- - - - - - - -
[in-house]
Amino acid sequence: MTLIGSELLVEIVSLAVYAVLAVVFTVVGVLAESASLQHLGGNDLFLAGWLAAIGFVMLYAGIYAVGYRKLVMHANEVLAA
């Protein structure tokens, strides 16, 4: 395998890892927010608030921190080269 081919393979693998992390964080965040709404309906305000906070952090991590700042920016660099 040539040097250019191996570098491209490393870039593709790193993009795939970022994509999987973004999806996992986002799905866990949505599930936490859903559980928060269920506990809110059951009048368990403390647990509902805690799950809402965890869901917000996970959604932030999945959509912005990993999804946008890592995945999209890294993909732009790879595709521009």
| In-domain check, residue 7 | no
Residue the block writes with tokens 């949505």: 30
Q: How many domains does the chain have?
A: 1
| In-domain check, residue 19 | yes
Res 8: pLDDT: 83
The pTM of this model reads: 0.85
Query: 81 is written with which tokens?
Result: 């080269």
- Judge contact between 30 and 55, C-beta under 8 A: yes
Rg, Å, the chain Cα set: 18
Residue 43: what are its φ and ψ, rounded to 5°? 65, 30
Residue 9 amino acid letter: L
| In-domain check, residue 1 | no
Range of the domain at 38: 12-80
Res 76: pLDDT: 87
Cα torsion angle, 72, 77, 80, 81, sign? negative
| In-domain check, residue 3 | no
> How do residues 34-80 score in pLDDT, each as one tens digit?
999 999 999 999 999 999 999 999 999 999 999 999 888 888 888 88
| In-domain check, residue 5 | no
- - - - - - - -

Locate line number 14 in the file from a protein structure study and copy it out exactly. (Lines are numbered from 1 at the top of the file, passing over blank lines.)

Rg, Å, the chain Cα set: 18